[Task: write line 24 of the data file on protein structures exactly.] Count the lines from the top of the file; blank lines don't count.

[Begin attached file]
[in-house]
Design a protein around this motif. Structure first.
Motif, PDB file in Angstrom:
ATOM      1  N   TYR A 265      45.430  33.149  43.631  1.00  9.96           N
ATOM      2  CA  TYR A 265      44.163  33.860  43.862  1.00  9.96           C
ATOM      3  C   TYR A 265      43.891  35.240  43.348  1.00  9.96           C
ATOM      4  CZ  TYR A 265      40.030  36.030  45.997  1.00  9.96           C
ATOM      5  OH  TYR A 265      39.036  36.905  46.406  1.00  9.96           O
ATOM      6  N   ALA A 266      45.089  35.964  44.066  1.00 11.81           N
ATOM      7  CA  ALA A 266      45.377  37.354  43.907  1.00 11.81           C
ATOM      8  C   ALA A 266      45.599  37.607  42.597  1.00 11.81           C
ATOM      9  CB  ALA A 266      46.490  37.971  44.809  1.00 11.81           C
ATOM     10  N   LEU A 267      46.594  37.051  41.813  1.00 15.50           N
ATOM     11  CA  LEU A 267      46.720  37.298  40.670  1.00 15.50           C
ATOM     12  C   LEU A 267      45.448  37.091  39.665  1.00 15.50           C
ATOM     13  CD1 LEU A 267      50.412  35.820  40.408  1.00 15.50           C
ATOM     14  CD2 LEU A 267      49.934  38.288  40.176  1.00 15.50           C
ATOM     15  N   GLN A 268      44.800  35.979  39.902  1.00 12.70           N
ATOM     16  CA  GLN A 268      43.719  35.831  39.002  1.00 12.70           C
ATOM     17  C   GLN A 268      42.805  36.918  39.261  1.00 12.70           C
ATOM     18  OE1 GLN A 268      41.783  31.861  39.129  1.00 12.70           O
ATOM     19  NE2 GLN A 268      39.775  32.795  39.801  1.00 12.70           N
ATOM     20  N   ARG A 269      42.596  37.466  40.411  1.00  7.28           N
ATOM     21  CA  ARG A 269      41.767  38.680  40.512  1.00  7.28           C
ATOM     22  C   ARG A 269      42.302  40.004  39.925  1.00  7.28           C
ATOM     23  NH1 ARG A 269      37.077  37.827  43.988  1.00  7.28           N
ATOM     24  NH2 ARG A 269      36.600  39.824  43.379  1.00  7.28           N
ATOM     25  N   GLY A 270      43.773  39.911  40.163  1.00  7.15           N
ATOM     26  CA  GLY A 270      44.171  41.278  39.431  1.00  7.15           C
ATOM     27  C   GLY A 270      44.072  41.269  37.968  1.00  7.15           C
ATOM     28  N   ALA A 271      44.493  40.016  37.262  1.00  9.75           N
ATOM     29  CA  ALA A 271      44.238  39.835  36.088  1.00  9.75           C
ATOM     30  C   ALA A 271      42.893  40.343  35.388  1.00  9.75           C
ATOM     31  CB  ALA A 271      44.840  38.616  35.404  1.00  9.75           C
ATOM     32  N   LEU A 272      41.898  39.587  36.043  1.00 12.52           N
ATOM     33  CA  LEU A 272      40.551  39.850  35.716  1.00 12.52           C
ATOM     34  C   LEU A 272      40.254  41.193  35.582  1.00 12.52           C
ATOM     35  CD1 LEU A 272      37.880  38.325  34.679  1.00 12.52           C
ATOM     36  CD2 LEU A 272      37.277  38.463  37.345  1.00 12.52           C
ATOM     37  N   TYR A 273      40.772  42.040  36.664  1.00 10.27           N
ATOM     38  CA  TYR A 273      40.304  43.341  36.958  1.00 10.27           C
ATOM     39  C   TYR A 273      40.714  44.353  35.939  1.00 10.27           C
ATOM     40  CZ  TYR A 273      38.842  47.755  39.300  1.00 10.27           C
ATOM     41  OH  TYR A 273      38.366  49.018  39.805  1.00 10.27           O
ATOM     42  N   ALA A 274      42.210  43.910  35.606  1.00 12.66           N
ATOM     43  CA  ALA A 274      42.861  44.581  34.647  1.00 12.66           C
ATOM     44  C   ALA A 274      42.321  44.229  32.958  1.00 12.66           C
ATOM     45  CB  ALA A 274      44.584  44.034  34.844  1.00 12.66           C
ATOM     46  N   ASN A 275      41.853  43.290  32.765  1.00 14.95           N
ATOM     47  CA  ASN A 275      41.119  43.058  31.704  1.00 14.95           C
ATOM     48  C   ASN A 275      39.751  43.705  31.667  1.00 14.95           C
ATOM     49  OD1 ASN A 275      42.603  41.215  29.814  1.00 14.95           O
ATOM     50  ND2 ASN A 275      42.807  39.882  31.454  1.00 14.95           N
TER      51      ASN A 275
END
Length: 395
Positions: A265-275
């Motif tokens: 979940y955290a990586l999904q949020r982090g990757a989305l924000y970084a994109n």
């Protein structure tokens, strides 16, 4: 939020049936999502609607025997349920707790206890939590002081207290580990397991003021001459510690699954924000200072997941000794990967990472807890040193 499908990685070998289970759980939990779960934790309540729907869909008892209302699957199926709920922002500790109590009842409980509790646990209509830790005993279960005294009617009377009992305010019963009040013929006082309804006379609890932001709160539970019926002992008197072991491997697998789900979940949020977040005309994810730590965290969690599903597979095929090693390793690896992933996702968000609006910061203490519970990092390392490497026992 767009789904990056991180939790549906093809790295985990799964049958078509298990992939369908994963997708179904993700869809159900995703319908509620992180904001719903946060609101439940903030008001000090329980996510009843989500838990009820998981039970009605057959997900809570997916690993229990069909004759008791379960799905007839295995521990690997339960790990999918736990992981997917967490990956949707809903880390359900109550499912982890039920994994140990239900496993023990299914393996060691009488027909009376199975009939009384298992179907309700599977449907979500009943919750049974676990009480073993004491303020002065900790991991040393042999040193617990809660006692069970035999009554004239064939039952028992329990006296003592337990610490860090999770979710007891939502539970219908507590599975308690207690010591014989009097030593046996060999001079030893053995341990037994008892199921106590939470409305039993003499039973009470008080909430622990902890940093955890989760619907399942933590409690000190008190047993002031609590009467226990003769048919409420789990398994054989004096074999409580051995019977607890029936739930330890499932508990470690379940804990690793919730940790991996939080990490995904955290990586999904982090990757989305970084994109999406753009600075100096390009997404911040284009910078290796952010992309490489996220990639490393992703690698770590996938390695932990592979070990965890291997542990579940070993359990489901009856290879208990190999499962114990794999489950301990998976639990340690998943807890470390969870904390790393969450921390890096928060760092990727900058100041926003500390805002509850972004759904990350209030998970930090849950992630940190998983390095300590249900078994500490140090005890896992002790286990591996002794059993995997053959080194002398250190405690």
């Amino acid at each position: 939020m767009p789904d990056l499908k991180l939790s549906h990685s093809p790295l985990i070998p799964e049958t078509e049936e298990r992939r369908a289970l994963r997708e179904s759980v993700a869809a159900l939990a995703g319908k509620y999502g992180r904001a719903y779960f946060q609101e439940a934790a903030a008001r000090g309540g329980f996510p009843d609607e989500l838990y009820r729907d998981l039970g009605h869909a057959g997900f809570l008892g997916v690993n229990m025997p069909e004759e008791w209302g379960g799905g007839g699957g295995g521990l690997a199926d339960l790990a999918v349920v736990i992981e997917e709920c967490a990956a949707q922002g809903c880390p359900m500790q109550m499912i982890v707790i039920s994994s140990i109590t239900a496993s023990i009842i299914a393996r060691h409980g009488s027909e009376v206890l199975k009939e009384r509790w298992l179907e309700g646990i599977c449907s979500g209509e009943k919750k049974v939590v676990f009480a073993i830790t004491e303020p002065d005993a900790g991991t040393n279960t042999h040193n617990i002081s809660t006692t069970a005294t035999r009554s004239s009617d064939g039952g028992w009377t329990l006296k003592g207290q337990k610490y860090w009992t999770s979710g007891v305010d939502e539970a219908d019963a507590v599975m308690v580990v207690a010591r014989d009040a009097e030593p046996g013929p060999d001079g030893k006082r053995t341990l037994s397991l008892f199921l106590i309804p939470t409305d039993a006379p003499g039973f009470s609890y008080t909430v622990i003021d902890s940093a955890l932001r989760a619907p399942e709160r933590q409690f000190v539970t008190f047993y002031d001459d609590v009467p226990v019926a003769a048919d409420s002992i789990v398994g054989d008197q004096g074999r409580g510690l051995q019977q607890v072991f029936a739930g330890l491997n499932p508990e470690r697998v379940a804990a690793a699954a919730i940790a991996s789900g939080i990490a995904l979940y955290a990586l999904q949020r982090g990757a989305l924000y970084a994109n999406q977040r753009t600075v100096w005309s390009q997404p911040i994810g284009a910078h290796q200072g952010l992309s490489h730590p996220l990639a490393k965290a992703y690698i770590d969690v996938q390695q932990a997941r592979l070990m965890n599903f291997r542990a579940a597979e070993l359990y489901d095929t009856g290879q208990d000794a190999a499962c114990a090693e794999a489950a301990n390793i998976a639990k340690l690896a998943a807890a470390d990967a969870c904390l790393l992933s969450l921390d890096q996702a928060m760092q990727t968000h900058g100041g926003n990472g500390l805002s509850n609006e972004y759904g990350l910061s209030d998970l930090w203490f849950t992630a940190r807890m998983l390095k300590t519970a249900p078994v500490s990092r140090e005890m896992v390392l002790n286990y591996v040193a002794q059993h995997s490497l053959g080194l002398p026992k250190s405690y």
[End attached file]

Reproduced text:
ATOM     21  CA  ARG A 269      41.767  38.680  40.512  1.00  7.28           C